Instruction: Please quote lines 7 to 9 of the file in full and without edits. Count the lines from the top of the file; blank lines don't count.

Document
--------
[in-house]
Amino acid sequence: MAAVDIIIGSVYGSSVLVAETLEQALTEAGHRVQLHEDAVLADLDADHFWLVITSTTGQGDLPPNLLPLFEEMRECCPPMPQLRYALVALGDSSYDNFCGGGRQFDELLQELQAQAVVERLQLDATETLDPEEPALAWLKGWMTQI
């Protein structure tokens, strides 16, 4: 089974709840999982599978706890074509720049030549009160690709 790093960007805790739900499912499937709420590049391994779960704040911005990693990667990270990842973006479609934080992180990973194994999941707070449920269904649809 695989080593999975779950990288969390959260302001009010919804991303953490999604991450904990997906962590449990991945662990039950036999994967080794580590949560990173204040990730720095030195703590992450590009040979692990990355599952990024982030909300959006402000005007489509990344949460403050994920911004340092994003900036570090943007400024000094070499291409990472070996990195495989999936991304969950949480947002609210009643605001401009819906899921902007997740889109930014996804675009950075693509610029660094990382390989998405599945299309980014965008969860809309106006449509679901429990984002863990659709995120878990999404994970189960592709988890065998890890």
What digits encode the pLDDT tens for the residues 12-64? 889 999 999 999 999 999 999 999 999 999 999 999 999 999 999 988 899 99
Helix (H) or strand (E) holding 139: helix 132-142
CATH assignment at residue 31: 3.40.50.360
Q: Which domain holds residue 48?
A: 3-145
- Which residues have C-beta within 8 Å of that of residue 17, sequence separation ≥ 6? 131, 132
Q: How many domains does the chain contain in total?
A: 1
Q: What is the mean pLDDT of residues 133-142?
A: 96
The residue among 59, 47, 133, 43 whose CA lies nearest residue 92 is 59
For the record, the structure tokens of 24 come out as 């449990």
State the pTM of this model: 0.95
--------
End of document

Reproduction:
Q: Which domain holds residue 48?
A: 3-145
- Which residues have C-beta within 8 Å of that of residue 17, sequence separation ≥ 6? 131, 132